Left: Iran has provided military support to Syrian government forces since at least 2012. Credit, RFE/RL file –
It has been a slow burn for a while, but the latest incident in northern Israel resulting in the shoot-down of an Israeli F-16 tells us that the Rubicon may have been crossed and a war between Israel and Syria is soon to materialize.
This is something the Russians surely want to avoid at all costs, but it is far from clear they can restrain either the Syrians or Iranians. For all practical purposes, Syria is now under the control of Iran, through its Revolutionary Guard’s advisors, its mercenary-filled army supplied and paid for by Iran, its control over Hezbollah and its ability to call the shots in the area along the Israeli border. But the biggest of all developments is that Syrian air defense systems (provided by Russia) are now firing missiles into Israeli territory, challenging Israel’s control over its airspace.
That’s what happened to the F-16 that was downed. It was hit inside Israeli airspace, and the pilots apparently had let their guard down and were not following evasive rules when the F-16 was hit. There isn’t any evidence the F-16 made any maneuvers to avoid an incoming missile or launched any countermeasures, as none were seen by observers on the ground. This likely means that their radar warning systems were either shut down or if on the pilots disregarded their alarms. We don’t know for sure, and it is highly unlikely the Israeli Air Force will ever say.
One way to judge the situation is to look at the immediate aftermath. Two things happened, The first is that Israel went after Syrian air defense systems and destroyed a number of them. Again we don’t know how extensively, but we do know that the Syrians were not able to shoot down any of the attacking Israeli jets –a key lesson.
The second development was phone calls from Israel’s Prime Minister, Benjamin (“Bibi”) Netanyahu to Secretary of State Rex Tillerson and to Russian President Vladimir Putin. The US immediately backed Israel’s retaliatory action. The Russians, at least officially and in public counseled moderation and a reduction of tensions.
But this is far from good enough, and no one more than Putin knows this. His standing in Syria depends on two outside factors: Israeli tolerance and American forbearance. If a red line is crossed, and the firing of missiles into Israeli airspace is a red line then the possibility of a new front in Syria with a full-scale Israeli attack is a real possibility.
The big losers in this will not only be the Iranians and the Syrian regime, but also the Russians who could stand to lose their air and naval base and find themselves humiliated.
Clearly, the Iranians (with the help of the Syrian regime controlled by Iran) has created a significant political problem for the Russians. It isn’t clear the Russians can control the situation.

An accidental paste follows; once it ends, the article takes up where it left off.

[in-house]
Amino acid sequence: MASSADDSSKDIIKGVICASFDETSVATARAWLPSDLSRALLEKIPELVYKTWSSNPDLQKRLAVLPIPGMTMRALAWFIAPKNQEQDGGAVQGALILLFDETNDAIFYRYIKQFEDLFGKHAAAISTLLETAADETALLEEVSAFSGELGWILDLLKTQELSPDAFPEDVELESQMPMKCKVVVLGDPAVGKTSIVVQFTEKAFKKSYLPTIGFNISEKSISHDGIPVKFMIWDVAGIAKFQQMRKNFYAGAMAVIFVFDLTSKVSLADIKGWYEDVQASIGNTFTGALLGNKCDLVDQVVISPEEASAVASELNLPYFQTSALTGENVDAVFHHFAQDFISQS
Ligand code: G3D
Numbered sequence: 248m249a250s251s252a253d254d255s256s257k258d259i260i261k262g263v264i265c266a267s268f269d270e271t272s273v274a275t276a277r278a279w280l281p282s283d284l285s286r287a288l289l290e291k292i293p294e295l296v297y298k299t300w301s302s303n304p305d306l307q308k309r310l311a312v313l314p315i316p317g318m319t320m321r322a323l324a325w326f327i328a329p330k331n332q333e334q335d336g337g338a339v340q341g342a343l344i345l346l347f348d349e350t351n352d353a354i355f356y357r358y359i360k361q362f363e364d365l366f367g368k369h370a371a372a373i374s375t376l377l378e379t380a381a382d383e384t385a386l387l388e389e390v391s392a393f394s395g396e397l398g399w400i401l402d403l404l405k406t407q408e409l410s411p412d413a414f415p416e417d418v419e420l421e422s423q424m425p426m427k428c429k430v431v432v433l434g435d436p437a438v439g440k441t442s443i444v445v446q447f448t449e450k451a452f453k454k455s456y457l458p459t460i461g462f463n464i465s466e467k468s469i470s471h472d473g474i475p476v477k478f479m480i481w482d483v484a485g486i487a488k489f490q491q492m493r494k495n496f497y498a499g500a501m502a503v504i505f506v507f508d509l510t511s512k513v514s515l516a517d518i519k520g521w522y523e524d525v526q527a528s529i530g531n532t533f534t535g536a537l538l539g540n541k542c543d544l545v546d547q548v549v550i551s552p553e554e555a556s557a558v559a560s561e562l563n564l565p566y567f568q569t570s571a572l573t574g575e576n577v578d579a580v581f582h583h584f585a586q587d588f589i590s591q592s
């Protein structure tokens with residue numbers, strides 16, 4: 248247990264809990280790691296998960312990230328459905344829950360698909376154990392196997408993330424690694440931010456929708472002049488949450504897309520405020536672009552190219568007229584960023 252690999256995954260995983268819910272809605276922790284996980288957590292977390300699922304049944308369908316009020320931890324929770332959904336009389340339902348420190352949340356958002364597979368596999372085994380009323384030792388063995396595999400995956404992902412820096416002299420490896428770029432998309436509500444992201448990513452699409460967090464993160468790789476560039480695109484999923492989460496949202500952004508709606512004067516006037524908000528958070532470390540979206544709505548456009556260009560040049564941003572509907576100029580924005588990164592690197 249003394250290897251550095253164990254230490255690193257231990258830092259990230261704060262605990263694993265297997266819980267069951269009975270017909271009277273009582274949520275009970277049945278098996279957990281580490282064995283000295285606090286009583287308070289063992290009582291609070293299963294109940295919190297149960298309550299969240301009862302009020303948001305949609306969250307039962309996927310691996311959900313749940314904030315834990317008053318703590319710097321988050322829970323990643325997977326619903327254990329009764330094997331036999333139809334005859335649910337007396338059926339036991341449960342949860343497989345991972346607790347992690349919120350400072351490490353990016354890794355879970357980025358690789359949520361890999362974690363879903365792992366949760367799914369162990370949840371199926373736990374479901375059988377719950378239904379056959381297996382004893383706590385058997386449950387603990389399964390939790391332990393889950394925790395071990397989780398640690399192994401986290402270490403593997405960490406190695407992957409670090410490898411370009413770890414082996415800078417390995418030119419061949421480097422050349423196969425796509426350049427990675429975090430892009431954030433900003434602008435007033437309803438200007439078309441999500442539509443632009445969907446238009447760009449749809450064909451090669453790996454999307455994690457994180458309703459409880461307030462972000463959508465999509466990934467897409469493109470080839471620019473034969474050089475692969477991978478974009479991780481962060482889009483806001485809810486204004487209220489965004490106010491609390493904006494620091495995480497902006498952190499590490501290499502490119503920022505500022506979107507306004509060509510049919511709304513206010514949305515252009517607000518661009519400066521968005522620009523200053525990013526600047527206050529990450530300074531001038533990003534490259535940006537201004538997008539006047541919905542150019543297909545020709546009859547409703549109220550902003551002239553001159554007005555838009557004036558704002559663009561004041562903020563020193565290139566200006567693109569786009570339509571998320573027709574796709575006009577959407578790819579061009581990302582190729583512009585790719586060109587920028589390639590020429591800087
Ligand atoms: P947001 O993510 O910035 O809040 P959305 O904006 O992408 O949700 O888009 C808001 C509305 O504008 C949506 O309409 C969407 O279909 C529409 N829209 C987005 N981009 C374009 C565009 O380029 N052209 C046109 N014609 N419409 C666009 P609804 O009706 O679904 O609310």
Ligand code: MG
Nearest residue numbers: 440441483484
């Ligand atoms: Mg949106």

What Israel really wants is for Iran and its various surrogates out of Syria. The Russians so far have not been in any position to demand this, if they were interested. But they need the foreign fighters supplied by Iran and Hezbollah to buttress the lagging Syrian Army, which is very short of manpower and has poor morale.
From Israel’s point of view, Russia’s presence in Syria is not a bad thing for two reasons. The first is that the Russians were destroying the worst of the Sunni Jihadists who also threaten Israel. A sort of modus vivendi had been established in the past with the Syrian regime, but it had some pretty bad wrinkles. One of them was Iran supplying Iranian, North Korean and Chinese missiles to Hezbollah using Syria as the conduit that directly threatens Israel. That is why Israel went after the depots where the equipment, being shipped in from Iran (some of it from North Korea and China) was positioned. Israel has launched numerous raids to destroy the inflow of missiles on the Syrian and Lebanese territory.
The second more serious matter was the attempt to build a major nuclear weapons reactor in Syria –a project sponsored by Iran with technology from North Korea. Israel destroyed the Youngbin-clone reactor which even the grudging UN and IAEA had to admit was what the Israelis said it was. This was an extremely dangerous gambit.
There also is little doubt that the Russians have been supporting Syria’s chemical weapons program, especially in providing binary storage systems for nerve gas. The Russians say they did not do it, and neither say the Syrians, but these arguments are Kafkaesque and defy all the evidence to the contrary.
Thus the impotence of the Russians (or alternatively their extreme cynicism) is on display. But now the stakes are much higher since it is unlikely Israel will confine itself to raids in future.
One wonders if Russian planners fully grasp the mess they have created for themselves. Certainly, Putin is smart enough to understand that not pulling the Iranians back from Israeli territory is a huge mistake, making Russian policy the prisoner of the ambitions of Iran’s Ayatollahs and the Revolutionary Guards. It remains to be seen if the Russians can change the game before the war starts.